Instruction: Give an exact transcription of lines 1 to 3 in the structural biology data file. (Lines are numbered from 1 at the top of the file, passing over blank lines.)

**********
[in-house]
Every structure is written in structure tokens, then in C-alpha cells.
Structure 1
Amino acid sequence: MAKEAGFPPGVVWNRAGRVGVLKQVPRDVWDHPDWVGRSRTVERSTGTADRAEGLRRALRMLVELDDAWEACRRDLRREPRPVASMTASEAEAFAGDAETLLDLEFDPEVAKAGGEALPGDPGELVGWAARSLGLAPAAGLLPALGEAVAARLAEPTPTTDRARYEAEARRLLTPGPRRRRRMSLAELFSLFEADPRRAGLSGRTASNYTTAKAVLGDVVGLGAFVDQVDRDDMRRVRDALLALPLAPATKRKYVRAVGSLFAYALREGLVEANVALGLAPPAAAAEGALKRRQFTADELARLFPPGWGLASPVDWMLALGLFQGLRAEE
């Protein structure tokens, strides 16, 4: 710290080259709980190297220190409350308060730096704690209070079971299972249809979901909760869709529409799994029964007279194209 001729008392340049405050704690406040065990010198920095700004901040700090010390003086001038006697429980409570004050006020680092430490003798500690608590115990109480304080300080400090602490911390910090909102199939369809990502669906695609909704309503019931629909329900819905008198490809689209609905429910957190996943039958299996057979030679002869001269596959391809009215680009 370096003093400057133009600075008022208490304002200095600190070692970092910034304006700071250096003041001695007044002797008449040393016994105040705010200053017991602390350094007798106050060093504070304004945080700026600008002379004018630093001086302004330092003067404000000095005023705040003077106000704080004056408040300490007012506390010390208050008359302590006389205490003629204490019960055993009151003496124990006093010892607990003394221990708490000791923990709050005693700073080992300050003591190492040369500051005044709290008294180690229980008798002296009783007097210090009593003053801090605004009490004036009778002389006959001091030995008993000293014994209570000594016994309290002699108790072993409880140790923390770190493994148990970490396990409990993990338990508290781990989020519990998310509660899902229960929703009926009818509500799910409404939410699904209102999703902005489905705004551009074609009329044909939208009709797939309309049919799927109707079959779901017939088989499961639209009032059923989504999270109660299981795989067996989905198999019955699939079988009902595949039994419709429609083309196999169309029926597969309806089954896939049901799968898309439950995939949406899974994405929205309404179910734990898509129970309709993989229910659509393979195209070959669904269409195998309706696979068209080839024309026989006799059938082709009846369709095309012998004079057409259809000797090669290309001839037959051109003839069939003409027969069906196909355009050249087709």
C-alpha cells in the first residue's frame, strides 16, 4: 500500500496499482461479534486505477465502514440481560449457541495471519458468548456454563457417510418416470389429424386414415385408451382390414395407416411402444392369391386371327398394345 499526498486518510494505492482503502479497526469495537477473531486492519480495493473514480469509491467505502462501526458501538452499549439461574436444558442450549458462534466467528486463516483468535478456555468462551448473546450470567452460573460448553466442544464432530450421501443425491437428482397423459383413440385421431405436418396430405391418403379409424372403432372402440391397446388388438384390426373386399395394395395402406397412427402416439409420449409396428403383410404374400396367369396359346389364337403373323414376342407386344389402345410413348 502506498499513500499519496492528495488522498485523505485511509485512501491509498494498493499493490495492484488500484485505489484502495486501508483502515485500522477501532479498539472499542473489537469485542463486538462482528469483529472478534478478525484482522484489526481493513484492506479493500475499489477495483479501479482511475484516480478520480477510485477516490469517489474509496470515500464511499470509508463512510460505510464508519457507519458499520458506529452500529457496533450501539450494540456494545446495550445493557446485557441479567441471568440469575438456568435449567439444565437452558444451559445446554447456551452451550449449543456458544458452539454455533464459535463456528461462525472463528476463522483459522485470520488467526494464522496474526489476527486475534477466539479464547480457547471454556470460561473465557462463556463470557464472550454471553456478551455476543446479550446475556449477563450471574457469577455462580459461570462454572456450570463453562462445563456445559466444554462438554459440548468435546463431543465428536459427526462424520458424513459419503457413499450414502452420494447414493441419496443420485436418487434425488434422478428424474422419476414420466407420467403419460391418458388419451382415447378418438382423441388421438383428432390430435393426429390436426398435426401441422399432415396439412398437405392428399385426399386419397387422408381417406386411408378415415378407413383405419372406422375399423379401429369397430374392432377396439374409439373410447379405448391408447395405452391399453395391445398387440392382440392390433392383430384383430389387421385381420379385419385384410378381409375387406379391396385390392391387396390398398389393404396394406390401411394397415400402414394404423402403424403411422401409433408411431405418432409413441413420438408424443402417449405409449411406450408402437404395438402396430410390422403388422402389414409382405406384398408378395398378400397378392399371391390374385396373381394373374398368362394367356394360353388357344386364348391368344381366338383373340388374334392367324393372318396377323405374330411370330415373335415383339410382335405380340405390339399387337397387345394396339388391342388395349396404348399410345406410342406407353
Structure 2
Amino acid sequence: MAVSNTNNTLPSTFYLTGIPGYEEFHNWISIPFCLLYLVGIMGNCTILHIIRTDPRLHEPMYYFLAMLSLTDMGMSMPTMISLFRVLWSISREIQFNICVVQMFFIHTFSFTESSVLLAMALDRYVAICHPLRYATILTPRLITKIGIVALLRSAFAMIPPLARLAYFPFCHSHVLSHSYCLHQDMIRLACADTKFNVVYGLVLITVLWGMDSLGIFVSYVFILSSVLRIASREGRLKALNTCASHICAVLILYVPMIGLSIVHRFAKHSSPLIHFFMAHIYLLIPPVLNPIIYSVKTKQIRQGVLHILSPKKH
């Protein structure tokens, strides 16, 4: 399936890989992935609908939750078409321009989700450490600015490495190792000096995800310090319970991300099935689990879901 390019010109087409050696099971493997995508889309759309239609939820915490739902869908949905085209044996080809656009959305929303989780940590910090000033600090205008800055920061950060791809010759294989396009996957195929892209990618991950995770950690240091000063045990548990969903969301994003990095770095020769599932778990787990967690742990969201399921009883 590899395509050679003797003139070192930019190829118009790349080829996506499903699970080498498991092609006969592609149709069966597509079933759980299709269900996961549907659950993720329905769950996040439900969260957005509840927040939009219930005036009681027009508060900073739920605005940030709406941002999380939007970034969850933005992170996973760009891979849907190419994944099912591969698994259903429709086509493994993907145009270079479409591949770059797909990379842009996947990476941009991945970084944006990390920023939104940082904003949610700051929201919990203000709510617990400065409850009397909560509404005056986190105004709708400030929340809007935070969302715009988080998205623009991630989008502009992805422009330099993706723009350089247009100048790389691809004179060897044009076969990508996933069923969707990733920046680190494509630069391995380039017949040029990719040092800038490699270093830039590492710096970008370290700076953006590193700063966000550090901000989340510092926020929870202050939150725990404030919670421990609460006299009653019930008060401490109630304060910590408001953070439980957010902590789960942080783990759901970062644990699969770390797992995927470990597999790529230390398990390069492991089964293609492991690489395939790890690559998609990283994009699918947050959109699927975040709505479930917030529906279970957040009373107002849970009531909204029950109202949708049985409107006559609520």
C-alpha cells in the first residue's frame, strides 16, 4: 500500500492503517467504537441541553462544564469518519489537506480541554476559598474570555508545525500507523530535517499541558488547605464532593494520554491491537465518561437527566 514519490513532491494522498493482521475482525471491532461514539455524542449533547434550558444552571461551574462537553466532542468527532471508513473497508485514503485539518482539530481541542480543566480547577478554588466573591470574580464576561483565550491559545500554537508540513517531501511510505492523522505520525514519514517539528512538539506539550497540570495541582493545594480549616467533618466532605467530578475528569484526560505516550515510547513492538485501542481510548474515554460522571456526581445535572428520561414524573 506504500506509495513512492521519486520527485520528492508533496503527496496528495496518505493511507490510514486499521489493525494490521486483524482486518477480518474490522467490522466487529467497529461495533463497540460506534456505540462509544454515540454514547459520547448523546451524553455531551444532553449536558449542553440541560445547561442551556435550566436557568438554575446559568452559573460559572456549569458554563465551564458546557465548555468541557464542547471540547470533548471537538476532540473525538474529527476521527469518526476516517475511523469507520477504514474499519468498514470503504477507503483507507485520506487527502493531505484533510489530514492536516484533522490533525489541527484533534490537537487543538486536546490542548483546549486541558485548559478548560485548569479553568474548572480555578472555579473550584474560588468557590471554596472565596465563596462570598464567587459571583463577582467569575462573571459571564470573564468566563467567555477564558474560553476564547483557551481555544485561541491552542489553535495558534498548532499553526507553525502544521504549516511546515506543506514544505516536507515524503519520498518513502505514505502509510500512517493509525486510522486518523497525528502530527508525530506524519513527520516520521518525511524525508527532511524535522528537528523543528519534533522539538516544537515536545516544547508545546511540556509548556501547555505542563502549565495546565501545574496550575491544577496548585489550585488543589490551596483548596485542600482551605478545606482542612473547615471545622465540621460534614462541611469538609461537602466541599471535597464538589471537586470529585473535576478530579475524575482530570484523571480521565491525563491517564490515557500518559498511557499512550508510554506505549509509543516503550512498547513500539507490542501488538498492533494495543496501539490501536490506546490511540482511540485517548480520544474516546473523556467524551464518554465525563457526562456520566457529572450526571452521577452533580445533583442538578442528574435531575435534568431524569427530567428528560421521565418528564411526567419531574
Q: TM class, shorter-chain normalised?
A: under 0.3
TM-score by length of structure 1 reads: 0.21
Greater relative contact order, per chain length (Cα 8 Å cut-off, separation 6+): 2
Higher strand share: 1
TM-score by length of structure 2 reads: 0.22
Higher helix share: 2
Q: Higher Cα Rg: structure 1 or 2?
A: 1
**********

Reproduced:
[in-house]
Every structure is written in structure tokens, then in C-alpha cells.
Structure 1